He continues to write

Female honor is the general opinion in regard to a girl that she is pure, and in regard to a wife that she is faithful.

And this is based on the following considerations

Women depend upon men in all the relations of life; men upon women, it might be said, in one only. So an arrangement is made for mutual interdependence–man undertaking responsibility for all woman’s needs and also for the children that spring from their union–an arrangement on which is based the welfare of the whole female race. 

He says to do this women have

to band together with a show of _esprit de corps_, and present one undivided front to their common enemy, man,–who possesses all the good things of the earth, in virtue of his superior physical and intellectual power,–in order to lay siege to and conquer him, and so get possession of him and a share of those good things. 

How does he propose women do this?

To this end the honor of all women depends upon the enforcement of the rule that no woman should give herself to a man except in marriage, in order that every man may be forced, as it were, to surrender and ally himself with a woman; by this arrangement provision is made for the whole of the female race. 

He continues on this path by saying

Any girl who commits a breach of the rule betrays the whole female race, because its welfare would be destroyed if every woman were to do likewise; so she is cast out with shame as one who has lost her honor.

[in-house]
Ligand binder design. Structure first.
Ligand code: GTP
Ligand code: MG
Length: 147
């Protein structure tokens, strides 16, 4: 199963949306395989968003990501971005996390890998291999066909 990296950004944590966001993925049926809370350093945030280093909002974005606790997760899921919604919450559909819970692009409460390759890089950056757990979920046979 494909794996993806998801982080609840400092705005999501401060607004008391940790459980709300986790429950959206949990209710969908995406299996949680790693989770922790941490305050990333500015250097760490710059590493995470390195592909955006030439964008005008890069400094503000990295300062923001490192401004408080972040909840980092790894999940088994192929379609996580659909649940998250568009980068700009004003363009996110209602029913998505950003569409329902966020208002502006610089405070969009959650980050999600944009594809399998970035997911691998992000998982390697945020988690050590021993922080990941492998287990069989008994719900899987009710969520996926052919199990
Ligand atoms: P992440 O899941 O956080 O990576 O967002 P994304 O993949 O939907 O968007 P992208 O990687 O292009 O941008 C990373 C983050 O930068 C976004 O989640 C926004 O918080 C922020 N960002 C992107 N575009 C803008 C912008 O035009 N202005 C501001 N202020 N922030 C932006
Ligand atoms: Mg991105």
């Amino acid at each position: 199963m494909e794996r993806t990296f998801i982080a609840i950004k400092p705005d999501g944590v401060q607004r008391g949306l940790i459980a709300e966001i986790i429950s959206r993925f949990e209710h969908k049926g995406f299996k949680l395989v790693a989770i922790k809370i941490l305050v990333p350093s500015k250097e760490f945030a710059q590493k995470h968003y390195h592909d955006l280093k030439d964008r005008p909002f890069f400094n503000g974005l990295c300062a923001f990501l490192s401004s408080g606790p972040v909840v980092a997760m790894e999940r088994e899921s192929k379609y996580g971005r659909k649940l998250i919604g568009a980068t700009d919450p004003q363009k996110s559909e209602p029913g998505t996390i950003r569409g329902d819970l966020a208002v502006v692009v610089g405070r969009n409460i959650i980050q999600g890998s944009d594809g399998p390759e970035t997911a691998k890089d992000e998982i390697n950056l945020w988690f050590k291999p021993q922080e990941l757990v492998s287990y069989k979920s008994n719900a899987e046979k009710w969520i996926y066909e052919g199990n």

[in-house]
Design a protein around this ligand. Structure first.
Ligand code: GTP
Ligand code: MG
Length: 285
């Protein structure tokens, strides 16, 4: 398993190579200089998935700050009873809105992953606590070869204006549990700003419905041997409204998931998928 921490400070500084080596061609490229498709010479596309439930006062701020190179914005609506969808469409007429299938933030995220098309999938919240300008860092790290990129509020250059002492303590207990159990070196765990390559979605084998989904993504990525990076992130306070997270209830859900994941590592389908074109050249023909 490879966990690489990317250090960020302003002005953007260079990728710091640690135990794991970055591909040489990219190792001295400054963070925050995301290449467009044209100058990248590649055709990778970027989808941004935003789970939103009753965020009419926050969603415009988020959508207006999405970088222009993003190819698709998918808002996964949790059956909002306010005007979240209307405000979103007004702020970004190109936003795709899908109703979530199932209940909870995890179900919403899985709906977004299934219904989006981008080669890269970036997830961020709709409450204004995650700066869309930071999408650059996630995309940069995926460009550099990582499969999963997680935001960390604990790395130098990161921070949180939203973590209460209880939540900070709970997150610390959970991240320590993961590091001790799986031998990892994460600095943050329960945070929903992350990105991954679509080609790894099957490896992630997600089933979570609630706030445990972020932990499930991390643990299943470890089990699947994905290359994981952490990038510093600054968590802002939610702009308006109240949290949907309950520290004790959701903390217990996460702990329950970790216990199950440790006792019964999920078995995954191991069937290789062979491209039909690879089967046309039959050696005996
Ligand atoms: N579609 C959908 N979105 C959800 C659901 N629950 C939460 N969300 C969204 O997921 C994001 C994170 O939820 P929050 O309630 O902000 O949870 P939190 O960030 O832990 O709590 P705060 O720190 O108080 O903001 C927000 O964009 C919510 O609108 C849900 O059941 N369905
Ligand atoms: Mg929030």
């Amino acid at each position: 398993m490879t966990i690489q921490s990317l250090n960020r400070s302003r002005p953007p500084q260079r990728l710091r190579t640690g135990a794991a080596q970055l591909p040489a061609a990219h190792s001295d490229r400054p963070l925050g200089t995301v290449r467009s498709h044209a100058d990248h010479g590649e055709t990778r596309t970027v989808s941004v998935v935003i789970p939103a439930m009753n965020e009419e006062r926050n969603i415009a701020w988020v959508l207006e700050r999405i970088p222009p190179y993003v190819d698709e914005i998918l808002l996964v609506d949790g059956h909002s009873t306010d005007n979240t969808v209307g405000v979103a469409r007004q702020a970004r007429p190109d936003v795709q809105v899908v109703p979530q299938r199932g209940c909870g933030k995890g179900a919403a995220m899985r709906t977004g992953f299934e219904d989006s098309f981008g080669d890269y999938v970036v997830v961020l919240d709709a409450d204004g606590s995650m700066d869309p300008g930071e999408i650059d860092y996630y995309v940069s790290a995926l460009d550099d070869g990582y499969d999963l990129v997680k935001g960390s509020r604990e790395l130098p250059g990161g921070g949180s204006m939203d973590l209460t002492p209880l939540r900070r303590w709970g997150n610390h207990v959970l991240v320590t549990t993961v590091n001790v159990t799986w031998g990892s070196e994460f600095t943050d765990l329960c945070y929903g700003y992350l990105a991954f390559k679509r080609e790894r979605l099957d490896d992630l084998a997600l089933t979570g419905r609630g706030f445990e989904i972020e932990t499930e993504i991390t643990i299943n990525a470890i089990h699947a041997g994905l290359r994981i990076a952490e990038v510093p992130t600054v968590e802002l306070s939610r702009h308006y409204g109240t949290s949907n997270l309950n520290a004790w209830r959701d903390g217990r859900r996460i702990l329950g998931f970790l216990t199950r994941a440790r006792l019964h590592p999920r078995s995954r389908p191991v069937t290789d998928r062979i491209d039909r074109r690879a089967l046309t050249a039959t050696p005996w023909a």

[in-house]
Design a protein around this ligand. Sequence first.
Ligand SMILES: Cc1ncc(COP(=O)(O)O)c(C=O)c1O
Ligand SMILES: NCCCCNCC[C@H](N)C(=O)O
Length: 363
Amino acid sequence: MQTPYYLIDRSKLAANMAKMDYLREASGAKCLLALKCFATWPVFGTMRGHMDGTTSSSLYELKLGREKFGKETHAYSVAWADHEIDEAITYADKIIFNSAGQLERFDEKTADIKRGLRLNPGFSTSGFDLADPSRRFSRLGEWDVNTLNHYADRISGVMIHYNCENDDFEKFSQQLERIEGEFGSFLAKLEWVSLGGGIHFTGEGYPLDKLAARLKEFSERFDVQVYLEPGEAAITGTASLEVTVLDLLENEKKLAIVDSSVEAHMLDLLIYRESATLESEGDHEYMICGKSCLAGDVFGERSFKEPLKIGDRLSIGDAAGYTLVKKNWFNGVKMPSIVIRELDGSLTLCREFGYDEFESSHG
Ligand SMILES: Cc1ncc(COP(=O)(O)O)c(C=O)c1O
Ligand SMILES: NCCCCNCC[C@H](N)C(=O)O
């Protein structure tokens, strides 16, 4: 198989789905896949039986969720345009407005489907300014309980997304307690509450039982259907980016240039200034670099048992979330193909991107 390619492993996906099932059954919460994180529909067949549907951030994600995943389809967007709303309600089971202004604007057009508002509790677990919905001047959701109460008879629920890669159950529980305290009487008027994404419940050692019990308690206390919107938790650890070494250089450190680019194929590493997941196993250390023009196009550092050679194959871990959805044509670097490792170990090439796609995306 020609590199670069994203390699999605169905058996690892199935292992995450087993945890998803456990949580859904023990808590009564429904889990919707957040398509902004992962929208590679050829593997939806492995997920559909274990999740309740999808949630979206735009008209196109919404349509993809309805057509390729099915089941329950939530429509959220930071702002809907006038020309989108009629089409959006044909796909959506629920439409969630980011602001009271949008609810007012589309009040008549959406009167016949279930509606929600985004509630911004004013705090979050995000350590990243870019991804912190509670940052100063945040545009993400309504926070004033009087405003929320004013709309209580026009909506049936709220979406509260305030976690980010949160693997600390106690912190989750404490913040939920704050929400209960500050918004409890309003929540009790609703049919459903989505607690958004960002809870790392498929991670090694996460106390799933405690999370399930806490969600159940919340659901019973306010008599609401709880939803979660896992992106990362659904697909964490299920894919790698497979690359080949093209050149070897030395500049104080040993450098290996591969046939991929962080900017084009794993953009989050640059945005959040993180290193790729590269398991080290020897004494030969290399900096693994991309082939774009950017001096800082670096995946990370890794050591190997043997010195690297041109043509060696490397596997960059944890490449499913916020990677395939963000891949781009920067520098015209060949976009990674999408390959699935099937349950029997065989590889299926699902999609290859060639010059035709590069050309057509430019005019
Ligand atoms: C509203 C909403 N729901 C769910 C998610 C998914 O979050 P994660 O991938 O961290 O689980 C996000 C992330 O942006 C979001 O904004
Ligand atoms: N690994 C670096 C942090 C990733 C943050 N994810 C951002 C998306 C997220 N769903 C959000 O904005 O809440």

He says it is the same doom that befalls a married woman. He writes thus

The same doom is awarded to a woman who breaks the marriage tie; for in so doing she is false to the terms upon which the man capitulated; and as her conduct is such as to frighten other men from making a similar surrender, it imperils the welfare of all her sisters. 

He says such a breach is punishable and can lead as well to loss of civic honour. And continues to write on this loss

This is why we minimize the shame of a girl, but not of a wife; because, in the former case, marriage can restore honor, while in the latter, no atonement can be made for the breach of contract.

In the interest of brevity let us briefly consider what he says concerning male honour.

He writes

It is their _esprit de corps_, which demands that, once a man has made that surrender of himself in marriage which is so advantageous to his conqueror, he shall take care that the terms of the treaty are maintained; both in order that the agreement itself may lose none of its force by the permission of any laxity in its observance, and that men, having given up everything, may, at least, be assured of their bargain, namely, exclusive possession. 

He writes that if a woman breaches the marriage tie, the man can punish her by separation. But he says if he condones her

his fellowmen cry shame upon him; but the shame in this case is not nearly so foul as that of the woman who has lost her honor; the stain is by no means of so deep a dye, because a man’s relation to woman is subordinate to many other and more important affairs in his life.

He writes at the end of the chapter on sexual honour,

…. men’s honour originates in esprit de corps.